Governor Leader has agreed to give the college $600 thousand to support the development of the York Center - a center which is expected to quickly become the college's fifth campus. In honor of his gift, the college has christened the building as the "Governor George M. Leader Building" at the HACC York Center.
"We have already seen a tremendous response to our York initiative," said Dr. Edna V. Baehre, HACC president. "We are opening this fall with more than eight hundred students and we expect the York Center to top a thousand students within a year.
"Governor Leader's gift is a very visible sign of support from the community and will enable us to continue to look forward to the growth of the York Center," she said. "We hope that other community leaders will follow his example since we will need even more community support if we're going to meet the needs of the York region."
HACC - also known as Harrisburg Area Community College - began offering evening classes in the York area a little more than a year ago. The classes, held at two area high schools, proved very popular and the student body in York quickly topped five hundred.
"Almost all of the students we have been serving were not able to access existing opportunities for higher education," Baehre said. "They faced either financial or academic obstacles - obstacles which we're well equipped to handle."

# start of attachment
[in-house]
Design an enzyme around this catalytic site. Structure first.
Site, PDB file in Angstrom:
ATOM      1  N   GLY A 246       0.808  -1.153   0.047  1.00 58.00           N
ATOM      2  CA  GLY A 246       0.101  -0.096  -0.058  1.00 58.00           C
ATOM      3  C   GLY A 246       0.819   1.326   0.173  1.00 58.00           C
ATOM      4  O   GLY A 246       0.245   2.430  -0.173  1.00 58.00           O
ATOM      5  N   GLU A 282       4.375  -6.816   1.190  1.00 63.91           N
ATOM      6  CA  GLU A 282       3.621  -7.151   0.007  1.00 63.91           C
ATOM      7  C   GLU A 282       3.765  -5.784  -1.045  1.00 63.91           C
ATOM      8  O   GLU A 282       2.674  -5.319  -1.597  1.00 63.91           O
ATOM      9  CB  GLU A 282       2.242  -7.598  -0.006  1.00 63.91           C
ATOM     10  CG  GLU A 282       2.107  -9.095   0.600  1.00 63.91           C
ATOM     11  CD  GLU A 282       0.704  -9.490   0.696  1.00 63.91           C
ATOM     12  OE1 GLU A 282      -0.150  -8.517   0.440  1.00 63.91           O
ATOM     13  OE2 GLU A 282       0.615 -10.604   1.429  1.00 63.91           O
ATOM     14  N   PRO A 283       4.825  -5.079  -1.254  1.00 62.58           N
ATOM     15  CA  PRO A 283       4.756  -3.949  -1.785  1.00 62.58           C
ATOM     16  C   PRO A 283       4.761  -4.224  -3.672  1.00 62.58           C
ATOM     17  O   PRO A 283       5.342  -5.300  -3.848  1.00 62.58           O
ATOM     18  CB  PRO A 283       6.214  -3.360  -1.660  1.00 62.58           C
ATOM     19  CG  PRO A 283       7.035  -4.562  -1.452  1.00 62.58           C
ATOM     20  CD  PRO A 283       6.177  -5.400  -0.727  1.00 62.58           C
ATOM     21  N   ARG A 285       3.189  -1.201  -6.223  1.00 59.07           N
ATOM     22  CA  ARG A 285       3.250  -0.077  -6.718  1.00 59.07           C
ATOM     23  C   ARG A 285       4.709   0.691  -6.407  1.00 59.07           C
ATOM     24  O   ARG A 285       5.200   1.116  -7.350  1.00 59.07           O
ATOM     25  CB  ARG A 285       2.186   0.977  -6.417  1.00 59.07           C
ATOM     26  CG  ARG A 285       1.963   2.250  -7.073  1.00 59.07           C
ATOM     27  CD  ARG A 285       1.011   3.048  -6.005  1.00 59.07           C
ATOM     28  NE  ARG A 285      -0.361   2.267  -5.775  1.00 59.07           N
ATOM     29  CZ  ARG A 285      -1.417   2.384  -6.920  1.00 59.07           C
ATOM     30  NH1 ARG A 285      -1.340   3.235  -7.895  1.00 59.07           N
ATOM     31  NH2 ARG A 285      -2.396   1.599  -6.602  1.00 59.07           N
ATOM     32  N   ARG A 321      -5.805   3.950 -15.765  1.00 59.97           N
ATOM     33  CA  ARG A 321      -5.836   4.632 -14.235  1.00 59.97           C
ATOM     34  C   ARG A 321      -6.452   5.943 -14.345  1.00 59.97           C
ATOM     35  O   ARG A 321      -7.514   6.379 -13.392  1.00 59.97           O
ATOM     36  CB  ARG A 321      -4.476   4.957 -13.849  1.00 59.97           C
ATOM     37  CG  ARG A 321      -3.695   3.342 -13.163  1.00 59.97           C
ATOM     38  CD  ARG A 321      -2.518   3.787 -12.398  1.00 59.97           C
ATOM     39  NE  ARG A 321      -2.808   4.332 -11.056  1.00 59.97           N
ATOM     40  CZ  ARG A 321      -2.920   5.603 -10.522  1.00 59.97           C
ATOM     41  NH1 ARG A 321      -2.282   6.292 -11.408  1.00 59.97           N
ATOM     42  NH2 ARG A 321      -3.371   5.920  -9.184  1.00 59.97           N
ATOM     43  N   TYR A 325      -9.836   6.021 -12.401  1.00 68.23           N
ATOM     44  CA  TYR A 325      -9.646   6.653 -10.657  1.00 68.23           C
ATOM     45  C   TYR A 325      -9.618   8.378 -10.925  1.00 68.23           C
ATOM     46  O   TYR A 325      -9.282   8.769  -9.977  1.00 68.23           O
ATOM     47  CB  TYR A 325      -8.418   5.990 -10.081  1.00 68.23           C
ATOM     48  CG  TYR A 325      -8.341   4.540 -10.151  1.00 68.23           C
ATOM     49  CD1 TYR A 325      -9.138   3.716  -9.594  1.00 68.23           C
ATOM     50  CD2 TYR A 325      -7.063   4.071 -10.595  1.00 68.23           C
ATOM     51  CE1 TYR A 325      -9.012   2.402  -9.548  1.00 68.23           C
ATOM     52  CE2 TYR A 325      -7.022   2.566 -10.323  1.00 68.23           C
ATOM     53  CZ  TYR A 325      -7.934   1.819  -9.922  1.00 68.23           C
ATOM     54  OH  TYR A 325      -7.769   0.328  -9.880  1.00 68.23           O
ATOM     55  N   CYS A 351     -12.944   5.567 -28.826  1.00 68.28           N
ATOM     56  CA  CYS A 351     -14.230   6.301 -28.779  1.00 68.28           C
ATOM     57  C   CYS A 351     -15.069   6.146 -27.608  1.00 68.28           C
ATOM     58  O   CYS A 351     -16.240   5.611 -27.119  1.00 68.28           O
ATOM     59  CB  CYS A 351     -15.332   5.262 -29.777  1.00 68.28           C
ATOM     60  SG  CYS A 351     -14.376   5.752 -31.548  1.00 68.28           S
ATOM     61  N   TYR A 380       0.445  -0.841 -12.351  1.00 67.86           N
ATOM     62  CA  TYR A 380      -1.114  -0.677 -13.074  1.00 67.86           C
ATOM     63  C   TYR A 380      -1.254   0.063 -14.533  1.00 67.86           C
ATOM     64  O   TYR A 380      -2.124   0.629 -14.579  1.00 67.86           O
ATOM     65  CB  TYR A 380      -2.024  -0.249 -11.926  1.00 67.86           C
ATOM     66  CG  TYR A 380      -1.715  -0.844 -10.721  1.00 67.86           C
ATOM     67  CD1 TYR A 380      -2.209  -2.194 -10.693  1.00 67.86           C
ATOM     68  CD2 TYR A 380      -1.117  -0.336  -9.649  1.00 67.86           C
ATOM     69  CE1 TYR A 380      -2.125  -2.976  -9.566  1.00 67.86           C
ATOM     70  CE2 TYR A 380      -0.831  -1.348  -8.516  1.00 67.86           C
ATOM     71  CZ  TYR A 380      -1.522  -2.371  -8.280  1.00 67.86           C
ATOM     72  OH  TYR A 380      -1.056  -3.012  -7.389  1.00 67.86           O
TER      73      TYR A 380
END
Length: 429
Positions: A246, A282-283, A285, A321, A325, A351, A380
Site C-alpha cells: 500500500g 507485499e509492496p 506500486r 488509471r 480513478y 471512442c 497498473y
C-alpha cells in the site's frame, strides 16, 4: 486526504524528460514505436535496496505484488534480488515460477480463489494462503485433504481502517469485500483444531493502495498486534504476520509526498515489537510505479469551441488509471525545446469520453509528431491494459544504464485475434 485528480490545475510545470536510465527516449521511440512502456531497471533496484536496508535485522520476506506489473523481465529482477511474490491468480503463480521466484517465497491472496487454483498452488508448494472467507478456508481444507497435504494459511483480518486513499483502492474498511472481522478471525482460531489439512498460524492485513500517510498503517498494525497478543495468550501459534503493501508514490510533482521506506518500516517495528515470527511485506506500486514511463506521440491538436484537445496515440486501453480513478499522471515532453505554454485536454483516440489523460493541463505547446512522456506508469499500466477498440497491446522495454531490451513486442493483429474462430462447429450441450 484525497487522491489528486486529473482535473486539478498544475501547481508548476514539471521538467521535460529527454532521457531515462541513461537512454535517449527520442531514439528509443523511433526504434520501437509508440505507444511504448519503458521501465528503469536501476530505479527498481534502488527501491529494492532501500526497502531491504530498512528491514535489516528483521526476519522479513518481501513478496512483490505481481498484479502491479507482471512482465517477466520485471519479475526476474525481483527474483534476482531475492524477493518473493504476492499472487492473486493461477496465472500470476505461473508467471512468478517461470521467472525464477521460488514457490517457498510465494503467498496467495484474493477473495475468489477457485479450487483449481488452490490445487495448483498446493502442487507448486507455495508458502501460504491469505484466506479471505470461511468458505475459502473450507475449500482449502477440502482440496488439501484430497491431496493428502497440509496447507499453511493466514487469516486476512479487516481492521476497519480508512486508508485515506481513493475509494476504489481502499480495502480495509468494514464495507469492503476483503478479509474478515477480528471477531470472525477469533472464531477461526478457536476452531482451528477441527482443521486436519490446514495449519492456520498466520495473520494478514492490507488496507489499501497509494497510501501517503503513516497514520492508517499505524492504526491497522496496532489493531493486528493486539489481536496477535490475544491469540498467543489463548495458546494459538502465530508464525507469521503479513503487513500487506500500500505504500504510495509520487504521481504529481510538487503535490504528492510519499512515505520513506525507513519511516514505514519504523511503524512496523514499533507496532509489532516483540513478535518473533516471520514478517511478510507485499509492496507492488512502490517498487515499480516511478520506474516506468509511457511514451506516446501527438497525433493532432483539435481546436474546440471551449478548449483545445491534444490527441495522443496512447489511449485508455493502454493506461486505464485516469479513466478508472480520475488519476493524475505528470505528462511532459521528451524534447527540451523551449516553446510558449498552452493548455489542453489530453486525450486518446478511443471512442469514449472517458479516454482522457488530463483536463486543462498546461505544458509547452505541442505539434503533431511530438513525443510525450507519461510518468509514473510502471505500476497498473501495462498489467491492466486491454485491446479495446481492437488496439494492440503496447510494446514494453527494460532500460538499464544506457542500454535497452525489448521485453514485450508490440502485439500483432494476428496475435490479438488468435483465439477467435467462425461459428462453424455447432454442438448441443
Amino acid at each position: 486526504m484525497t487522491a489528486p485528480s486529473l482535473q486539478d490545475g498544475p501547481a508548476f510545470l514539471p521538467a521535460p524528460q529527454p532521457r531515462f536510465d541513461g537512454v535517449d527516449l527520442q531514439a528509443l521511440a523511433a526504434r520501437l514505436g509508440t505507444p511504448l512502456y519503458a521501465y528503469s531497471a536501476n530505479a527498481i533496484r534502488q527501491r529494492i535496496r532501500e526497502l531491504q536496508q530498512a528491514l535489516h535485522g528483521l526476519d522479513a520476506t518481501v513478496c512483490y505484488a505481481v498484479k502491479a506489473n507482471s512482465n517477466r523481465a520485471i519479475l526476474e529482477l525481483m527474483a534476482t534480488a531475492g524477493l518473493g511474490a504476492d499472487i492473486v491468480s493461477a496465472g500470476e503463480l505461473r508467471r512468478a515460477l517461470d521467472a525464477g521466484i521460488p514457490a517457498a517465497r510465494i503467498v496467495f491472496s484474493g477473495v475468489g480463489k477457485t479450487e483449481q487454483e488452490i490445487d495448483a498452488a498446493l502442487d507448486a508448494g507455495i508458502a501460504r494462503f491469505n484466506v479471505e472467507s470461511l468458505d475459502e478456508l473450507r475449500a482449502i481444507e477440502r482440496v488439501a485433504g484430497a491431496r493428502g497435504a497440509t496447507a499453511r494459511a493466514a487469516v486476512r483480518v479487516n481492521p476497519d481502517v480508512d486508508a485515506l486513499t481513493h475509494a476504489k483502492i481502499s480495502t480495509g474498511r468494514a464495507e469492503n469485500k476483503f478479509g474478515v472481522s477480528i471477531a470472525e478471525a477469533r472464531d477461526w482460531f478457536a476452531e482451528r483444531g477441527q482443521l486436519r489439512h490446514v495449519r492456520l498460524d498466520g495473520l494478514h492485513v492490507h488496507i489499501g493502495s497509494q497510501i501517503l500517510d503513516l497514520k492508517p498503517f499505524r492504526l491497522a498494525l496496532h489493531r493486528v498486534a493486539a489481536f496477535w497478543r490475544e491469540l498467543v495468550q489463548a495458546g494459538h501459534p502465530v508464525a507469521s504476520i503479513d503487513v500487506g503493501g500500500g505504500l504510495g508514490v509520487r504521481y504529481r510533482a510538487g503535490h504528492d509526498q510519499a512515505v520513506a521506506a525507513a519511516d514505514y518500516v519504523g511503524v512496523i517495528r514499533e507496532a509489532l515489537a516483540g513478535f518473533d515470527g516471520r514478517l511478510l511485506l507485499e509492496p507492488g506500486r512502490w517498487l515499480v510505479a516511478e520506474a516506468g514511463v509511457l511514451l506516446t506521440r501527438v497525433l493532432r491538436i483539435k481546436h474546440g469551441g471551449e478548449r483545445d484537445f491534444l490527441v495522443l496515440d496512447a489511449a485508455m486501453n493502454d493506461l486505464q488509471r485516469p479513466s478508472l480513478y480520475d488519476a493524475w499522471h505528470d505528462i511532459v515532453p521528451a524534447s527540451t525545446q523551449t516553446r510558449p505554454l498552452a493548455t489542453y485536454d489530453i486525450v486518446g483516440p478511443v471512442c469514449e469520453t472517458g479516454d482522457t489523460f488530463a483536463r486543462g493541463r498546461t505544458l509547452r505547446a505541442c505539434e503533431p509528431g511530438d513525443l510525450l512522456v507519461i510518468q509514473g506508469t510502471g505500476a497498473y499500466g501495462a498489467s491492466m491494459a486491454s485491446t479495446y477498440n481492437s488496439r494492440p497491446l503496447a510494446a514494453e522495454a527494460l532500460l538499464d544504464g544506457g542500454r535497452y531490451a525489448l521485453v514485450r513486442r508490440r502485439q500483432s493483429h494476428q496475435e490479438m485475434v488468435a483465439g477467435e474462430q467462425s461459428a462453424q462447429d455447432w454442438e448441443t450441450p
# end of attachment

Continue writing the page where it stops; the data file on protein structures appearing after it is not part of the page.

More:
As a result, she said, the number of degree-seeking students in the York area has increased dramatically and should continue to grow in the years to come.
The new HACC - York Center is located at 2010 Pennsylvania Avenue, just a quarter mile off of Route 30. It is located in a portion of a renovated industrial building and will offer day and evening as well as Saturday classes. The 40 thousand square foot center will also have ten general purpose classrooms, specialized labs for allied health and sciences, a library/learning center and a bookstore on site.
The college is offering more than 20 majors at the York Center including allied health, business administration, criminal justice, education and social and human services. Credits are transferable to nearly any college in the country including any of the schools in the state system of higher education.
The college plans to continue its successful programs in area high schools and is already looking forward to growing the new location.
"The initial construction will handle up to a thousand students," Baehre said. "The building could accommodate as many as three thousand when fully developed."